Ms. Elma Beatriz Rosado Barbosa, widow of the Commander of the Macheteros, Filiberto Ojeda, stated that Venezuela’s policy for the Caribbean under the Presidency of Nicolas Maduro should maintain its focus on the economic exchange and militarism of the United States and that, under that framework, Puerto Rico represents a threat to the Bolivarian Revolution.
Below, the complete answers of Rosado Barbosa to the questions of NCM News.
Q- How would you summarize the legacy for Latin America of the late President Hugo Chavez?
A- President Hugo Chavez was a leader that was out of this world. He dressed his Venezuelan people with patriotic pride and rescued those values that the people now adore, appreciate, and defend. Chavez did away with that alienating etiquette, united with his sister countries and defied imperialism. He demonstrated that brother countries can depend on each other and come together to confront common dangers. His positions denouncing international entities for the use and appropriation of countries’ riches opened doors in all of Latin America, showing us that another world is possible: a multi-centric and pluripolar world.
Q- How would you categorize President Nicholas Maduro’s ability to lead the Bolivarian Revolution?
A- Nicholas Maduro was raised a revolutionary. Using the phrases of Gabriel Garcia Marquez, at the historic hour Nicholas Maduro has been present. During strategic minutes, he has held key positions. For tactical seconds, he has undertaken important tasks. From his earlier positions as union leader, President of the National Assembly, Chancellor and Vice President, Maduro has performed with seriousness and success. His formation as a revolutionary was consummated and Chavez shaped him as custodian and leader of the Revolution. He knows deeply his ideology, theory, and the objectives needed and has the patience for reflection, firmness to lead, and the sensitivity to give refuge to his people who deserve that legacy of social justice so long denied to them.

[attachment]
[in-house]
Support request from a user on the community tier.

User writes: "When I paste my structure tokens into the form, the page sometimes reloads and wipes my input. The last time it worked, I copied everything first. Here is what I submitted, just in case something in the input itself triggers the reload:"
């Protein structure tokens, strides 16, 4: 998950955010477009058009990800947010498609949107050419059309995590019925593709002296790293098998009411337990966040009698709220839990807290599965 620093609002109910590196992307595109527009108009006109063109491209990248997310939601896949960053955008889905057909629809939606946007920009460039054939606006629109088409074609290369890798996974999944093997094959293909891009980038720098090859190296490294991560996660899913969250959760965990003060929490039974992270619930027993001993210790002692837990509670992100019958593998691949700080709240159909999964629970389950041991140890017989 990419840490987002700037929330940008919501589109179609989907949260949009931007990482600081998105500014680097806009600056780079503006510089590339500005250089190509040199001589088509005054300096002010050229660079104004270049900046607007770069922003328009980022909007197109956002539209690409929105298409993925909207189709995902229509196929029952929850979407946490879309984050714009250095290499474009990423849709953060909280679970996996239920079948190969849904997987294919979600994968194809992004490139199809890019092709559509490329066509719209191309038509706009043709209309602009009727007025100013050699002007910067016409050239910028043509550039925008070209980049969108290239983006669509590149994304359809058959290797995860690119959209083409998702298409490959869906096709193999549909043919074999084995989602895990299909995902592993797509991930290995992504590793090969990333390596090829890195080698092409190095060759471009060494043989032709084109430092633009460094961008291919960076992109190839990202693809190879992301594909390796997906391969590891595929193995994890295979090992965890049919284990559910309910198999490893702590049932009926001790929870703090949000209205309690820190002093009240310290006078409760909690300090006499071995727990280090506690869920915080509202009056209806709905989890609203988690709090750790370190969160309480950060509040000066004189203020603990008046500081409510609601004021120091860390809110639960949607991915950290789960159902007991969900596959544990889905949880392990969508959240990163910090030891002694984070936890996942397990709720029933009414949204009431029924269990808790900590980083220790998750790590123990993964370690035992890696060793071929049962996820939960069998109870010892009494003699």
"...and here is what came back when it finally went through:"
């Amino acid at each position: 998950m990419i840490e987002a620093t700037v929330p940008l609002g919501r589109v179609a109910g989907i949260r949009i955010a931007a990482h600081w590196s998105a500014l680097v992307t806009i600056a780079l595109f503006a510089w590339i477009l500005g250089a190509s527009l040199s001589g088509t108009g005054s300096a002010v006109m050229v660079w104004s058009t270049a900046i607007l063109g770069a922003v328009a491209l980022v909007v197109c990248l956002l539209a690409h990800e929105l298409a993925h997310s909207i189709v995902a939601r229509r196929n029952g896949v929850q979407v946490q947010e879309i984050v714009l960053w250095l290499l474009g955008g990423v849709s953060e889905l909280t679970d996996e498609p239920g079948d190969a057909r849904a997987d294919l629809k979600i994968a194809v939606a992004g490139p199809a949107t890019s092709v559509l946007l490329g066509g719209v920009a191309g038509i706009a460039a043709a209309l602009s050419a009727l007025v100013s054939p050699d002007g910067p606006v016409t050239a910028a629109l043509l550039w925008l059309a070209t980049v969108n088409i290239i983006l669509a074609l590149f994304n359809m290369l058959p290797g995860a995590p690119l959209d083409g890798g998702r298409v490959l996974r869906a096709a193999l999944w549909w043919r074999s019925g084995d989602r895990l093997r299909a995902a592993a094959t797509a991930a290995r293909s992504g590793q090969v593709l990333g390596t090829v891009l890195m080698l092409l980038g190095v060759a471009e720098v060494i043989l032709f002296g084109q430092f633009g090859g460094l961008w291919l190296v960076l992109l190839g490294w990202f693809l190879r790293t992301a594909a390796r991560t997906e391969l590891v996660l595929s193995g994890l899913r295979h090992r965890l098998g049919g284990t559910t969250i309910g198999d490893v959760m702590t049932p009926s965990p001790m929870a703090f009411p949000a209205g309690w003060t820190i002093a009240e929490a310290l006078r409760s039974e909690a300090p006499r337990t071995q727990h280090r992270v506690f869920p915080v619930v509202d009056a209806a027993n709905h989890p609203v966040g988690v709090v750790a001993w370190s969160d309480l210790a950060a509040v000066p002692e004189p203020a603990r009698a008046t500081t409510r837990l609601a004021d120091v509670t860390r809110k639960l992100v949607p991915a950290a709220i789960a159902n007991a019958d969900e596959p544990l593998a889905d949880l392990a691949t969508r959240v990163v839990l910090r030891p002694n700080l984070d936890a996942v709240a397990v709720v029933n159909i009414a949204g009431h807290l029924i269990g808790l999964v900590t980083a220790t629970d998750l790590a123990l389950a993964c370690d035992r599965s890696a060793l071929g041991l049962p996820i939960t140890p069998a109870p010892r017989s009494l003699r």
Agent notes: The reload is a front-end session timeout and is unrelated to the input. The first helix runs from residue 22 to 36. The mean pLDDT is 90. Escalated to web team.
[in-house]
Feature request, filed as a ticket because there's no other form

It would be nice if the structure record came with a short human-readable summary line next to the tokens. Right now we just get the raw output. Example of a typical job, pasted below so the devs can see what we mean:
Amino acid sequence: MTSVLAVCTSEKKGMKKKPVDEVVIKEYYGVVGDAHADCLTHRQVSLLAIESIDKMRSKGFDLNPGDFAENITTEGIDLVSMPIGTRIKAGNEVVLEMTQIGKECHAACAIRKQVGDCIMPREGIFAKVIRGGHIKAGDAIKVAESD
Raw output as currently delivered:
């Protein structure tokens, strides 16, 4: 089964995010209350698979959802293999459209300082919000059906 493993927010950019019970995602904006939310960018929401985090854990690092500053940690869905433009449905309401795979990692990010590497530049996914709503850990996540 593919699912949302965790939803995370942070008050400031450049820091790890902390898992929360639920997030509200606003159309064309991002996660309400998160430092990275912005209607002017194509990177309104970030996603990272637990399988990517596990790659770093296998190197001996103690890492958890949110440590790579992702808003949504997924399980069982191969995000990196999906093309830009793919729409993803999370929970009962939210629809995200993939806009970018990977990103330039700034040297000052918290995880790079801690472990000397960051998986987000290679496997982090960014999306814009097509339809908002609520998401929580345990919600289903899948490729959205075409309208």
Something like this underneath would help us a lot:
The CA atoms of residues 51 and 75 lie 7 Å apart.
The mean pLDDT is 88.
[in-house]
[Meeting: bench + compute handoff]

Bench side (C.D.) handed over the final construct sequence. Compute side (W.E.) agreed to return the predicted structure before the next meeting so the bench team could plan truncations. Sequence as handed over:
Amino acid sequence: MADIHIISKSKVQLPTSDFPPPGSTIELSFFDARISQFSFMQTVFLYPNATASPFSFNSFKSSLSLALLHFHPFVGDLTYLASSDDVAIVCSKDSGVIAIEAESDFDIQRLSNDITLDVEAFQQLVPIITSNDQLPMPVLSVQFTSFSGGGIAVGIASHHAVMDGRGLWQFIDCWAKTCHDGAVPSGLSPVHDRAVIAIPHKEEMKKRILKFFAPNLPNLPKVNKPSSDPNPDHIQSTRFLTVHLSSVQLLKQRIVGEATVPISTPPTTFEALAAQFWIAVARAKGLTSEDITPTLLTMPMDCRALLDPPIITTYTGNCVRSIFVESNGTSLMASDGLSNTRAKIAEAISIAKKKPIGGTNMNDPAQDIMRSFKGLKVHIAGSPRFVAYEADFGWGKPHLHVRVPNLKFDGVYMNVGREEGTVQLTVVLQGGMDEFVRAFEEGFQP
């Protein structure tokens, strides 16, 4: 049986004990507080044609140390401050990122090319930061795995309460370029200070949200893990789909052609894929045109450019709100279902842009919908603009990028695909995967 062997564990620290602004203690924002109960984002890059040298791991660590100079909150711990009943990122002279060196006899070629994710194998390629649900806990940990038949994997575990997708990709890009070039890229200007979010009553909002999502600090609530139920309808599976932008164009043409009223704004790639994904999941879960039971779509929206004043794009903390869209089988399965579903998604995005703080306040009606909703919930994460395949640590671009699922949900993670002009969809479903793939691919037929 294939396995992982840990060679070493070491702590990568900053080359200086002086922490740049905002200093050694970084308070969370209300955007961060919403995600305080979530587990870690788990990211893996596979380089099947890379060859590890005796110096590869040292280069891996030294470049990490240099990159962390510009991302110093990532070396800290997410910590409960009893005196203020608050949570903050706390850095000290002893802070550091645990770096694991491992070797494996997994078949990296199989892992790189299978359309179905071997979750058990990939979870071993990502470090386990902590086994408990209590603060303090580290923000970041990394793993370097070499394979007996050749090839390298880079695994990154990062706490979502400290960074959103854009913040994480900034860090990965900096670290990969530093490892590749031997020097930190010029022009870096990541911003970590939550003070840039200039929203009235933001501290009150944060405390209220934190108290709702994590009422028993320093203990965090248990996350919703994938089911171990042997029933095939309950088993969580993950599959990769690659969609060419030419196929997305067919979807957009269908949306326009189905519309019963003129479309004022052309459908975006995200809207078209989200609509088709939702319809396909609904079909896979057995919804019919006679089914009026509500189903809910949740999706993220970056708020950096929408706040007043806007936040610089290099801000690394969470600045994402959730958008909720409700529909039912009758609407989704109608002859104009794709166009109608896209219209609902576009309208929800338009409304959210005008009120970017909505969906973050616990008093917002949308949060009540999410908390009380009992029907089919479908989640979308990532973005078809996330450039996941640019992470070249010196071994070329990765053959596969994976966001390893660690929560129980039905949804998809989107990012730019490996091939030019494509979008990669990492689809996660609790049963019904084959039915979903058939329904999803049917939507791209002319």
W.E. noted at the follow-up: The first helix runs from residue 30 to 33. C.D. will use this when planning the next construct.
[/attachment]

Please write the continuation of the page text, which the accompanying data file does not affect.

Q- What are the relevant points that should be noted by Caribbean countries with regard to Venezuela’s foreign policy and relations?
A- Venezuela’s leadership role is very important in the construction of Latin American and Caribbean unity. The ALBA, UNASUR, and CELAC are strategic spaces to support those political relations, develop and strengthen economic and financial ties, and promote the construction of a pluripolar world, where social and cultural ties are deepened, with the participation of social movements: an ideal scenario for regional integration.
Q- What are the issues of the Caribbean that Venezuela should keep in mind as priorities?
A- The ever present militarism of the United States in the Caribbean should be a focal point for Venezuela. The PetroCaribe program, technological exchanges, and communications are important mechanisms needed to support the economic independence of the Caribbean countries and for regional integration, initiatives considered in the Homeland Plan.
Q- What meaning do you give to the double embrace given to you by President Maduro and his mention of Comandante Filiberto Ojeda Rios?